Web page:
The voltage specification label is located at the top of the Corsair CV550 550W. There are two main virtual rails. Up to 24A can be delivered via the +3.3V rail for a total of 79.2W, while the 20A on the +5V rail brings the output to 100W in this area. The total combined output for the +3.3V and +5V rail is 120W. In other words, your power allocation combination must fall within the limits of the listed specifications. Meanwhile, a single powerful +12V rail delivers up to 44A -- 528W -- to reduce operating overhead compared to multiple +12V rails. Overall, the combined power output for the whole Corsair CV550 550W is... well, 550W haha. Again, your power distribution in your system must fall within the limits provided -- it must not exceed 79.2W on the +3.3V rail, 100W on the +5V rail and 120W combined for both, 528W on the +12V rail, and 550W combined between the +12V and +3.3/+5V rails. It does sound a bit confusing to understand how this works at first, but generally speaking, this configuration allows very flexible power demands and should be sufficient to accommodate most users. I have seen lower power outputs in the +3.3V and 5V rails for higher output rated units. The overall distribution is very reasonable for an 550W power supply.

The Corsair CV550 550W is 80 Plus Bronze certified, which means that it is certified to be at least 82%, 85%, 82% efficient at 20%, 50%, and 100% load, respectively. Higher certifications available for power supplies of this type include 80 Plus Silver, Gold, Platinum, and Titanium at press time.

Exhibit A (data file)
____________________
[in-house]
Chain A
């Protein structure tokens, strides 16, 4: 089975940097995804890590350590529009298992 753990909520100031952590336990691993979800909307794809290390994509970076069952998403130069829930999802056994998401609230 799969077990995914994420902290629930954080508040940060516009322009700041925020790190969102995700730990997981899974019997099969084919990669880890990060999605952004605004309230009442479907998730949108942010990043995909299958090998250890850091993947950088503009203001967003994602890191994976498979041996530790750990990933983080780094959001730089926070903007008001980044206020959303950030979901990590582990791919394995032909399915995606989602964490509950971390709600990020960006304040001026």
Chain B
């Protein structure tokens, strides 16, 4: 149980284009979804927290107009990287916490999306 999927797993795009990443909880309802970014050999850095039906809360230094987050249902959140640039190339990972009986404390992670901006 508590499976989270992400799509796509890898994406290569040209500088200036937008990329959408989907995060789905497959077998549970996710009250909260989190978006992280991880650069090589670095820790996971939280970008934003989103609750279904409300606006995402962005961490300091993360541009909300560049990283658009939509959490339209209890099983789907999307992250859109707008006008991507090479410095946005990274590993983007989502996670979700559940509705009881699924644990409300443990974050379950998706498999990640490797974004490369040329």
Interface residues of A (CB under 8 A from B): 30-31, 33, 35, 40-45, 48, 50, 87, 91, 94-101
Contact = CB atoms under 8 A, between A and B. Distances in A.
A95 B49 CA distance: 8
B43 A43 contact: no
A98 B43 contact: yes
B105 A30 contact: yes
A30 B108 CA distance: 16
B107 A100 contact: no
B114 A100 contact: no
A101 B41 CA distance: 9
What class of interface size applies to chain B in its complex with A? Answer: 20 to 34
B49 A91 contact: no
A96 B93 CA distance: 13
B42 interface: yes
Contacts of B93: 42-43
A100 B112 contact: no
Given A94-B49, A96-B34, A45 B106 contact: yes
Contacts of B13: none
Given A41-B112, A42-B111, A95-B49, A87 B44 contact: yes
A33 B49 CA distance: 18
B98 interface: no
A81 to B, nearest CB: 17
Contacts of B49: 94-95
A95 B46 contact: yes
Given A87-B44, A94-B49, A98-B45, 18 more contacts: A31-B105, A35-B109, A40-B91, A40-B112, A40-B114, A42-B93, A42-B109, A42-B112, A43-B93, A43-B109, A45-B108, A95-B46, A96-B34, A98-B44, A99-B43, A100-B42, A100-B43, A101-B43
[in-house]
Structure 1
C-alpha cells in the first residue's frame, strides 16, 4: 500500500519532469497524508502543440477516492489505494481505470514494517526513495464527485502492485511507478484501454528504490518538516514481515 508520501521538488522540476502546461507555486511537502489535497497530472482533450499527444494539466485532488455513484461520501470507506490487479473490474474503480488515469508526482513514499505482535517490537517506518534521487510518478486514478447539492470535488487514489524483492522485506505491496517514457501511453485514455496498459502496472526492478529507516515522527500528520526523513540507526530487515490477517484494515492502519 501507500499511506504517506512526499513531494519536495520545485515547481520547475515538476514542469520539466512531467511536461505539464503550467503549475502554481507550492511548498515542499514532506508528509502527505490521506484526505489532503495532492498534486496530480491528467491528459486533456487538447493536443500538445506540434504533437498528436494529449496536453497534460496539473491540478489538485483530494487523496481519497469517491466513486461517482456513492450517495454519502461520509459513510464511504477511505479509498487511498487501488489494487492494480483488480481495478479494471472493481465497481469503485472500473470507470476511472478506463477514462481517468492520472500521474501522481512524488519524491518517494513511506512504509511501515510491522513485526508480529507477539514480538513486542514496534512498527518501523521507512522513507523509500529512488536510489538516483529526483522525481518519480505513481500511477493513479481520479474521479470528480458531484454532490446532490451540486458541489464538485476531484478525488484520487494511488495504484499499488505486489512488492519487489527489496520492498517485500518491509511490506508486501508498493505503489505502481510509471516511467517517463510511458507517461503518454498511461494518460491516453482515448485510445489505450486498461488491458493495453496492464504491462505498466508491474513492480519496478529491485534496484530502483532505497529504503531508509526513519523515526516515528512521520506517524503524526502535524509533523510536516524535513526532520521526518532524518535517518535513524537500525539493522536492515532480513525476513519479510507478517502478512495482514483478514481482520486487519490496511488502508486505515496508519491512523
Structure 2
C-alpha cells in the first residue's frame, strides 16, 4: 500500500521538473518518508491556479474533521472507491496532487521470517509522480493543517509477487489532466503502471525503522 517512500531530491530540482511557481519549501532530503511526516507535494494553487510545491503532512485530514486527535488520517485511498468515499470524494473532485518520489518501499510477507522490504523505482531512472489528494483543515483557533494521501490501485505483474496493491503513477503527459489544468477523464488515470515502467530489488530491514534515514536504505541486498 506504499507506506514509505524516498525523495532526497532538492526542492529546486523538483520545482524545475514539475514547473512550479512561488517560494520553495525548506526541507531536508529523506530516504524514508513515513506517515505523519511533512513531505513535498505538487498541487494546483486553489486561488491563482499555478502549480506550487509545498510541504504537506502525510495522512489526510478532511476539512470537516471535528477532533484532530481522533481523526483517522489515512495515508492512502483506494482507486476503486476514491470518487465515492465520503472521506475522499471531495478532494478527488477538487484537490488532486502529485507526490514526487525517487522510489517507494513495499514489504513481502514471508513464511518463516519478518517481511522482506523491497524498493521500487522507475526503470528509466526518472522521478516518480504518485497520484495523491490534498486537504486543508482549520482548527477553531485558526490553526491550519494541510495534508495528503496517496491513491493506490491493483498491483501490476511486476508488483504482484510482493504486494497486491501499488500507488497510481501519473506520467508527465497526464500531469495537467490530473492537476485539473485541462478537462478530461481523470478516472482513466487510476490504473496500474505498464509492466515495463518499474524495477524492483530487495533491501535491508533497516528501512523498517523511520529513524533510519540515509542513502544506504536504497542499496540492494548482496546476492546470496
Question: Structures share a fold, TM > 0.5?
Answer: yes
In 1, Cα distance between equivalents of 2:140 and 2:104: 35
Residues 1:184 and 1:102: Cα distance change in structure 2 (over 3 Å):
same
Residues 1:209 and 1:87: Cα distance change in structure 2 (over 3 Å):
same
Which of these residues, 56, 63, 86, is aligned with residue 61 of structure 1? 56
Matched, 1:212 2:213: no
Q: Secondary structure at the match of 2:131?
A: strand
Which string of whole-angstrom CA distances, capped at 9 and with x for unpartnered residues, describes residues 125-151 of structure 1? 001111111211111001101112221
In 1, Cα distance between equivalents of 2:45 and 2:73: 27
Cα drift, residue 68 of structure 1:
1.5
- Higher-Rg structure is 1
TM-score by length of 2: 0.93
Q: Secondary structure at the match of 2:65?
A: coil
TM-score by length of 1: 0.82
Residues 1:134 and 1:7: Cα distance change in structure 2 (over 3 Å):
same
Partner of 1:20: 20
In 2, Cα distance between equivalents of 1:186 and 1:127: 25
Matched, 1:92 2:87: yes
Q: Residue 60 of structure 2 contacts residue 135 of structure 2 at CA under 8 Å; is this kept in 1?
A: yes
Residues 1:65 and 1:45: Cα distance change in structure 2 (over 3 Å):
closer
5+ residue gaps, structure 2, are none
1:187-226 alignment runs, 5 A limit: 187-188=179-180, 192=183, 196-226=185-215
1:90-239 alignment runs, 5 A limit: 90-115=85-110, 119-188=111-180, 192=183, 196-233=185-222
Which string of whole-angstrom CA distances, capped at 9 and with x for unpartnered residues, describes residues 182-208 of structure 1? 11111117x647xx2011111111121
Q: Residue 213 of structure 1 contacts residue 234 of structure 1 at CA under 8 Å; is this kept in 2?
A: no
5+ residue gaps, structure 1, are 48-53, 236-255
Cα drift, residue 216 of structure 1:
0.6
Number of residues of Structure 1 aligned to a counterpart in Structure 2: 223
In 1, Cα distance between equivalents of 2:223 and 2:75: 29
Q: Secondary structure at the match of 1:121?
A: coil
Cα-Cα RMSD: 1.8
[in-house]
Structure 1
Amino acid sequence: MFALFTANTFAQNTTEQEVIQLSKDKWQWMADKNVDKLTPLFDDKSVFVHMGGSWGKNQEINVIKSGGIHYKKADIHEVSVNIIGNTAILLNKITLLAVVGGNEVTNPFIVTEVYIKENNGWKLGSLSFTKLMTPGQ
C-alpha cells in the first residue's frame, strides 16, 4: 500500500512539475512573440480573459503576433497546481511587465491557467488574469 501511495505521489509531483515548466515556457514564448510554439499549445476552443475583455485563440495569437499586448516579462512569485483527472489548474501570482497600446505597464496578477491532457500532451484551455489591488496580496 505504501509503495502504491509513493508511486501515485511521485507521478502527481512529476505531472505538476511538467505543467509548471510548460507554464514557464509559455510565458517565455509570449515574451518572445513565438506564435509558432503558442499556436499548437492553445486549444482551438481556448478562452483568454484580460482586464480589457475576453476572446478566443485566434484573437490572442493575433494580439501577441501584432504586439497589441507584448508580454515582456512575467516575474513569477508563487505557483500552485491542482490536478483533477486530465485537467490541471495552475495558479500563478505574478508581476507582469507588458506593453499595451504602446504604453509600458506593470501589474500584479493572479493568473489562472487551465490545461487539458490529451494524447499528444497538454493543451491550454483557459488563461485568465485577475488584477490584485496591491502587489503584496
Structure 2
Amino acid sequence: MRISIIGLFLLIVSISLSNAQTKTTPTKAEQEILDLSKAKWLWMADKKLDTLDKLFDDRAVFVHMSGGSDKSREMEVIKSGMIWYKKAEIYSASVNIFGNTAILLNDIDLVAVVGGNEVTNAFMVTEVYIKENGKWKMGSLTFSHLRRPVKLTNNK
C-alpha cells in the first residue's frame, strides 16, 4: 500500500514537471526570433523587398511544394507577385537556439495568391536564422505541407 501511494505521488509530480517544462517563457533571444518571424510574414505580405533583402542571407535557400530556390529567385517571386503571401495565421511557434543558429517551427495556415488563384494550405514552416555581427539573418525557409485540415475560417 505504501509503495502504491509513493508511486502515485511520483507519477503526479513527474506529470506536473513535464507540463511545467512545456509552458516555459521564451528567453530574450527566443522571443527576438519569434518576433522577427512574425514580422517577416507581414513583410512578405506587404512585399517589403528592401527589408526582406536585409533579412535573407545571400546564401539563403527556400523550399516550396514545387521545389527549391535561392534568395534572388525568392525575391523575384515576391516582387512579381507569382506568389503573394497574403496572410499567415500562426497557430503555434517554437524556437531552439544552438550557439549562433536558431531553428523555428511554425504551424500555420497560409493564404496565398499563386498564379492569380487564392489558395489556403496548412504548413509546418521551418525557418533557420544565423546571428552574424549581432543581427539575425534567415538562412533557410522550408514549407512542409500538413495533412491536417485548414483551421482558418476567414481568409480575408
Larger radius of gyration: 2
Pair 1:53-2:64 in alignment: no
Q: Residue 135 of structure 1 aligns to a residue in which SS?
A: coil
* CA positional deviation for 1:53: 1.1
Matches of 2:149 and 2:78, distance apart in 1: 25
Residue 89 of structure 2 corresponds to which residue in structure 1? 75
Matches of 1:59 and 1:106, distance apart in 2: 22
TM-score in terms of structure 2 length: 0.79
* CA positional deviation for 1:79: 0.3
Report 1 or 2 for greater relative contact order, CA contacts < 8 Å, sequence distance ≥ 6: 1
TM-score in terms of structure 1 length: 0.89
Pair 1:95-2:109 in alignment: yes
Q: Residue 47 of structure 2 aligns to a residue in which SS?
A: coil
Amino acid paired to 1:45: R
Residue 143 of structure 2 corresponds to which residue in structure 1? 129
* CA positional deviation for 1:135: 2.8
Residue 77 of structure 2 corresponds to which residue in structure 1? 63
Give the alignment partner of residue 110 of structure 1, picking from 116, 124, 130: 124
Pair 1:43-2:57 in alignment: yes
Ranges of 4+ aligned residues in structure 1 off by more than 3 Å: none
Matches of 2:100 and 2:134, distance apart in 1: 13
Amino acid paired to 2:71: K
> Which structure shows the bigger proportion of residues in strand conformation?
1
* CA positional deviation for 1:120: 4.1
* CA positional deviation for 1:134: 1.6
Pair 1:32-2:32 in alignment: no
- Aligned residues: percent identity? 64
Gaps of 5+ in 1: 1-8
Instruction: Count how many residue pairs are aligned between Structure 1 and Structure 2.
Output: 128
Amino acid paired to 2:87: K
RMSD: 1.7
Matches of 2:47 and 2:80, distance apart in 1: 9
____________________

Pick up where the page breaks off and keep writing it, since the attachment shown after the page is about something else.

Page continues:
The ATX 24-pin, ATX/EPS 4+4-pin, and PCI Express cables are fully sleeved, while the SATA and Molex peripheral cables are flat. Despite varying thicknesses, they are all easy to bend, making them extremely easy to work with. All wires are 18 AWG, including high-current PCI Express and ATX/EPS connectors. Often, manufacturers will fatten them up to 16 AWG, but Corsair opted out on that since this is a budget product.

The following cables and connectors are available for use:

- 1x ATX 20+4 pin, 55.0cm
- 1x ATX/EPS 4+4 pin, 60.0cm
- 1x PCIe 6+2 pin, 2 connectors, 55.0cm to first connector, 12.0cm spacing thereafter
- 2x SATA, 3 connectors each, 45.0cm to first connector, 12.0cm spacing thereafter
- 1x SATA (x1) / Molex (x2) / Floppy (x1), 4 connectors, 45.0cm to first connector, 12.0m spacing thereafter, Floppy at the end of dongle

These are specified measurements from the manufacturer. There are some shorter cables, but most users should have no problem with Corsair's CV550 550W in modern cases. 50cm is the general standard, but the shorter peripherals connectors are acceptable, although not preferred, in newer chassis designs.

Page Index
1. Introduction, Packaging, Specifications
2. Physical Look - Outside
3. Physical Look - Inside
4. Minor Tests and Conclusion